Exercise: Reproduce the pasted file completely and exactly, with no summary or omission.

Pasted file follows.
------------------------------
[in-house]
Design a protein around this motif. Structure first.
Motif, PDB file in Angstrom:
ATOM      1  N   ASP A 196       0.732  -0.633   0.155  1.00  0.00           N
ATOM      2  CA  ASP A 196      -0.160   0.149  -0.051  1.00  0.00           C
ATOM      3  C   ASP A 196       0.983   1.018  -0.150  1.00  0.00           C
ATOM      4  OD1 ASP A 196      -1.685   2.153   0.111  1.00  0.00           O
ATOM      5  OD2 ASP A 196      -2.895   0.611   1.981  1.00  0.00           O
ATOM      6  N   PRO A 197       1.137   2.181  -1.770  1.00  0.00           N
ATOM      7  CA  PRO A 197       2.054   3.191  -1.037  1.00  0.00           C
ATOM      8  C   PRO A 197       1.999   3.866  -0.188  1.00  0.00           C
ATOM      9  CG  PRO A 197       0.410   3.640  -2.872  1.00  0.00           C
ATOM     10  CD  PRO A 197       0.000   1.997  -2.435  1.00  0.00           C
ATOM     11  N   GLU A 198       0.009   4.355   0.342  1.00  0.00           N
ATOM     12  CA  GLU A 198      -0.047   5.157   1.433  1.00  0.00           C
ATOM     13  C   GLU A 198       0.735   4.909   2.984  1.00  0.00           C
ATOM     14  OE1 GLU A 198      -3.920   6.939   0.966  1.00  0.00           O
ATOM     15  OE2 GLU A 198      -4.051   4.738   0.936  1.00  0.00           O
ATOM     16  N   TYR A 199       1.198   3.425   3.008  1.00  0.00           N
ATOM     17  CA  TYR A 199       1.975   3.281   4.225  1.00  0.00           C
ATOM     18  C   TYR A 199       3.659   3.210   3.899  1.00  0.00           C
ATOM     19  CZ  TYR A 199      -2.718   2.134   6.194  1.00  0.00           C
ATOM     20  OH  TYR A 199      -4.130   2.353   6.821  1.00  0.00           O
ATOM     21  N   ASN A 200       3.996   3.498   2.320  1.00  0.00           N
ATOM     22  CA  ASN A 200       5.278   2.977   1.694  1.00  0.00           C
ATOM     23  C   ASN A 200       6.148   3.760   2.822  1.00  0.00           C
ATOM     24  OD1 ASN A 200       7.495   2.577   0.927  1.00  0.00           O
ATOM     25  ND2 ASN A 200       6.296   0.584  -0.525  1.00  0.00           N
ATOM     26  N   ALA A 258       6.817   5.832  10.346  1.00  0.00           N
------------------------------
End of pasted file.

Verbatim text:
[in-house]
Design a protein around this motif. Structure first.
Motif, PDB file in Angstrom:
ATOM      1  N   ASP A 196       0.732  -0.633   0.155  1.00  0.00           N
ATOM      2  CA  ASP A 196      -0.160   0.149  -0.051  1.00  0.00           C
ATOM      3  C   ASP A 196       0.983   1.018  -0.150  1.00  0.00           C
ATOM      4  OD1 ASP A 196      -1.685   2.153   0.111  1.00  0.00           O
ATOM      5  OD2 ASP A 196      -2.895   0.611   1.981  1.00  0.00           O
ATOM      6  N   PRO A 197       1.137   2.181  -1.770  1.00  0.00           N
ATOM      7  CA  PRO A 197       2.054   3.191  -1.037  1.00  0.00           C
ATOM      8  C   PRO A 197       1.999   3.866  -0.188  1.00  0.00           C
ATOM      9  CG  PRO A 197       0.410   3.640  -2.872  1.00  0.00           C
ATOM     10  CD  PRO A 197       0.000   1.997  -2.435  1.00  0.00           C
ATOM     11  N   GLU A 198       0.009   4.355   0.342  1.00  0.00           N
ATOM     12  CA  GLU A 198      -0.047   5.157   1.433  1.00  0.00           C
ATOM     13  C   GLU A 198       0.735   4.909   2.984  1.00  0.00           C
ATOM     14  OE1 GLU A 198      -3.920   6.939   0.966  1.00  0.00           O
ATOM     15  OE2 GLU A 198      -4.051   4.738   0.936  1.00  0.00           O
ATOM     16  N   TYR A 199       1.198   3.425   3.008  1.00  0.00           N
ATOM     17  CA  TYR A 199       1.975   3.281   4.225  1.00  0.00           C
ATOM     18  C   TYR A 199       3.659   3.210   3.899  1.00  0.00           C
ATOM     19  CZ  TYR A 199      -2.718   2.134   6.194  1.00  0.00           C
ATOM     20  OH  TYR A 199      -4.130   2.353   6.821  1.00  0.00           O
ATOM     21  N   ASN A 200       3.996   3.498   2.320  1.00  0.00           N
ATOM     22  CA  ASN A 200       5.278   2.977   1.694  1.00  0.00           C
ATOM     23  C   ASN A 200       6.148   3.760   2.822  1.00  0.00           C
ATOM     24  OD1 ASN A 200       7.495   2.577   0.927  1.00  0.00           O
ATOM     25  ND2 ASN A 200       6.296   0.584  -0.525  1.00  0.00           N
ATOM     26  N   ALA A 258       6.817   5.832  10.346  1.00  0.00           N